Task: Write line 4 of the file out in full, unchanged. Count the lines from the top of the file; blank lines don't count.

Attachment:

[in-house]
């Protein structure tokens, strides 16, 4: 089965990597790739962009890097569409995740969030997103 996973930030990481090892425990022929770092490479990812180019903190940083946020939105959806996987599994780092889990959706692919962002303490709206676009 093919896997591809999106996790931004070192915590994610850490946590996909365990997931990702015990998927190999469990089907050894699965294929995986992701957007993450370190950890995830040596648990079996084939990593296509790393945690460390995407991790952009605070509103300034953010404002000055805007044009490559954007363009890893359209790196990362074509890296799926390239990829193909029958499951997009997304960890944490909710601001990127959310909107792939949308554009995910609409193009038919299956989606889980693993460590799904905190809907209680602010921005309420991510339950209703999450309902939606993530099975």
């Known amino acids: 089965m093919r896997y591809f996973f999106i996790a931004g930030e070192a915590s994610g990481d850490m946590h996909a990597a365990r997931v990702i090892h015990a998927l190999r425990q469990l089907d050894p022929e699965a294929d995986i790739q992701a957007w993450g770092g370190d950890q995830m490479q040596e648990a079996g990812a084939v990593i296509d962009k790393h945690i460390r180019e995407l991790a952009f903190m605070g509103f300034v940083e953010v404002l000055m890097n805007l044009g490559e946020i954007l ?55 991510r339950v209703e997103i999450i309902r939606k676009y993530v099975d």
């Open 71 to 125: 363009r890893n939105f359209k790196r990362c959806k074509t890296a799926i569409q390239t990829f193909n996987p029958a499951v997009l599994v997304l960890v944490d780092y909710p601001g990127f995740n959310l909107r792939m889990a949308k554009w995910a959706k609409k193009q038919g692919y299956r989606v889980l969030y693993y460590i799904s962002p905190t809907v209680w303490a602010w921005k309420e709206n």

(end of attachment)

């Open 71 to 125: 363009r890893n939105f359209k790196r990362c959806k074509t890296a799926i569409q390239t990829f193909n996987p029958a499951v997009l599994v997304l960890v944490d780092y909710p601001g990127f995740n959310l909107r792939m889990a949308k554009w995910a959706k609409k193009q038919g692919y299956r989606v889980l969030y693993y460590i799904s962002p905190t809907v209680w303490a602010w921005k309420e709206n």